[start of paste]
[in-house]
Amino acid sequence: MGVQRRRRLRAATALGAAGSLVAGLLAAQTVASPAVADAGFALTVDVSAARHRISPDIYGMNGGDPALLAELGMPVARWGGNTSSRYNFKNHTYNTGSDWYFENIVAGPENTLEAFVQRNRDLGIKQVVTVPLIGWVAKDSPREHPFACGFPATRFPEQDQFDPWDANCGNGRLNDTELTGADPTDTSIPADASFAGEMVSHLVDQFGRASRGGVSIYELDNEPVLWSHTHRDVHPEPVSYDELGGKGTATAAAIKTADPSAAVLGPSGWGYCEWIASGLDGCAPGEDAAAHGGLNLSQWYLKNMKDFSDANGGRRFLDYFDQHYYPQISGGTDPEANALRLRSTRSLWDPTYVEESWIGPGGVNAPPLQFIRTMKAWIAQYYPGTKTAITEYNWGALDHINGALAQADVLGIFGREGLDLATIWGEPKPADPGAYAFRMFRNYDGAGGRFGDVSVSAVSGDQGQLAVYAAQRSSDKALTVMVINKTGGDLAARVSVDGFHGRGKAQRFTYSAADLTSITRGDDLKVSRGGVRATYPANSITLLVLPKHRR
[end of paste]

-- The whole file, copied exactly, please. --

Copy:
[in-house]
Amino acid sequence: MGVQRRRRLRAATALGAAGSLVAGLLAAQTVASPAVADAGFALTVDVSAARHRISPDIYGMNGGDPALLAELGMPVARWGGNTSSRYNFKNHTYNTGSDWYFENIVAGPENTLEAFVQRNRDLGIKQVVTVPLIGWVAKDSPREHPFACGFPATRFPEQDQFDPWDANCGNGRLNDTELTGADPTDTSIPADASFAGEMVSHLVDQFGRASRGGVSIYELDNEPVLWSHTHRDVHPEPVSYDELGGKGTATAAAIKTADPSAAVLGPSGWGYCEWIASGLDGCAPGEDAAAHGGLNLSQWYLKNMKDFSDANGGRRFLDYFDQHYYPQISGGTDPEANALRLRSTRSLWDPTYVEESWIGPGGVNAPPLQFIRTMKAWIAQYYPGTKTAITEYNWGALDHINGALAQADVLGIFGREGLDLATIWGEPKPADPGAYAFRMFRNYDGAGGRFGDVSVSAVSGDQGQLAVYAAQRSSDKALTVMVINKTGGDLAARVSVDGFHGRGKAQRFTYSAADLTSITRGDDLKVSRGGVRATYPANSITLLVLPKHRR